Wasde: US corn rewrites records as USDA aims at 406m mt crop

12 May 2020 | Tim Worledge

That the US is on course for a big 2020/21 crop has been accepted, so the main question was how big and how much would be heading to ending stocks, yet the USDA still managed to serve up surprises as it set out its stall for the new marketing year.

In pure data terms, analysts polled by Agricensus had looked for ending stocks of 3.45 billion bu (87.5 million mt), based on an average 177.4 bpa yield and an 88.3 million acre planting.

The USDA delivered an even bigger crop, 178.5 bpa on 89.6 million acres delivering just over 406 million mt of corn, but undercut those ending stock expectations by boosting domestic demand for feed, seed and industrial, with the agency banking on a quick rebound for ethanol and livestock.

Estimates look for 3.32 billion bu (84.2 million mt) in 2020/21 ending stocks, just over 3 million mt shy of analysts’ estimates.

However, with focus so sharp on the US, the rest of the world had been overlooked.

So where analysts had expected global ending stocks to reach 332.4 million mt, a Brazil crop of 106 million mt and a Ukrainian one nearing 40 million mt ended up pushing stocks to 339.62 million mt.

It could have been worse, however, while the USDA marking that the US would have an all time record corn supply of 18 billion bushels (457.22 million mt), and acknowledging that, if realised, US ending stocks would be the highest since the 1987/88 marketing year.

US outlook

For 2020/21, the USDA is forecasting a rebound in corn used in the ethanol sector, despite the industry weathering a spectacular collapse in demand under Covid-19 lockdowns.

The agency expects 5.2 billion bu (132 million mt) to be consumed in the grind, which would be a stunning comeback after cutting its 2019/20 outlook to 4.95 billion bu (125.7 million mt).

Feed and residual use are also expected to rebound quickly, topping 6.05 billion bu (153.67 million mt), while the USDA also increased the 2019/20 outlook again – despite shutdowns at meat processing facilities – to 5.7 billion bu (144.78 million mt).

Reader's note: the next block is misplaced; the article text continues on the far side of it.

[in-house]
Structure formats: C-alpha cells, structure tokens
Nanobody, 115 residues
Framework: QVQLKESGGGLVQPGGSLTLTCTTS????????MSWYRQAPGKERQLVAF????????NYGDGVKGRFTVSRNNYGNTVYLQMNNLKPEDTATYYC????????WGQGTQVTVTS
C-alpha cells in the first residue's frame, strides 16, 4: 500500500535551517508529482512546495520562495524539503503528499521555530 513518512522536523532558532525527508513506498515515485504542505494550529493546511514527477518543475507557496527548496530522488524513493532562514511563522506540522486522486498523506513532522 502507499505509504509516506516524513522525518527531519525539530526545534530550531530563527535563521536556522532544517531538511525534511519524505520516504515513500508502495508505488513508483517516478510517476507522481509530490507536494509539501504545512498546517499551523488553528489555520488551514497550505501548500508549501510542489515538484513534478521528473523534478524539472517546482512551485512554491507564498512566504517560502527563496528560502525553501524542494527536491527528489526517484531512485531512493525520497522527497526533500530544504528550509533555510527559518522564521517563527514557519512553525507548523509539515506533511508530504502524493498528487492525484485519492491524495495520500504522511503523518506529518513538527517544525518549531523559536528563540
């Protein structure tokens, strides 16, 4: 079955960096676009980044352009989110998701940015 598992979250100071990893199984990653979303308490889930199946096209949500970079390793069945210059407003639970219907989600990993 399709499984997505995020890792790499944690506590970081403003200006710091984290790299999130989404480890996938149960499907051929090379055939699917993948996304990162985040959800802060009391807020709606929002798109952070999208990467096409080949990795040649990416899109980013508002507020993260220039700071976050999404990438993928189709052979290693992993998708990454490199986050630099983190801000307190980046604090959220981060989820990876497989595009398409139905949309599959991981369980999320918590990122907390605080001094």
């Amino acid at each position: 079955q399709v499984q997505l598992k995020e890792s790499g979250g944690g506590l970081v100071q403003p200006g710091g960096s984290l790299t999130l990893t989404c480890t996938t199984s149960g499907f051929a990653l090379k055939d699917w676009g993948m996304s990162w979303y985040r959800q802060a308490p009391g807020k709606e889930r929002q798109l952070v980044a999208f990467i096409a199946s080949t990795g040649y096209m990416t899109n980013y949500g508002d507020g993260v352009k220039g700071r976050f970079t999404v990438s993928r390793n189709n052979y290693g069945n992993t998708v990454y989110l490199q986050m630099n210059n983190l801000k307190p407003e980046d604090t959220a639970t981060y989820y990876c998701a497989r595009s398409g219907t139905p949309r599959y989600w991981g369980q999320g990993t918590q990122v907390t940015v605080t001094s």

“Growth in world corn trade” is likely to be enough to take US 2020/21 corn exports to 2.15 billion bu (54.6 million mt), and the pace of this year’s exports has been enough to tempt the USDA into increasing its 2019/20 outlook, by 50 million bu to 1.775 billion bu (45 million mt).

That boost to 2019/20 exports and domestic feed use went some way to reining in ending stocks, while the USDA also dropped its harvested estimate by 100,000 acres to 81.4 million acres and pared back its yield to 167.8 bpa, from 168 bpa.

That reduced some of the overheads heading into the current marketing year by enough to almost leave ending stocks unchanged – adding just 8 million bu (203,000 mt) to hand off at 2.098 billion bu (53.29 million mt).

Rest of the world

With the huge increase in US production and significant increases in Brazil and Ukraine amongst others, global supply in 2020/21 is expected to sail past 1.18 billion mt, an increase of 75 million mt – close to 7%.

Consumption, however, lagged gaining just 30 million mt to 1.16 billion mt and passing virtually all of that 20 million mt oversupply into ending stocks.

For 2019/20, the USDA also boosted ending stocks by over 11 million mt to 314.73 million mt, mostly coming from a 10 million mt plunge in global domestic demand as it was cut from 1.13 billion mt to 1.12 billion mt on a Covid-19-related hit to consumption.

However, the trade shrugged off much of the global picture, focusing instead on the better-than-expected outlook for US domestic corn, which left corn futures lower by around a cent in the aftermath of the report’s release.

Key to meeting the assumptions will be the speed in which US demand recovers from or adapts to Covid-19 restriction measures.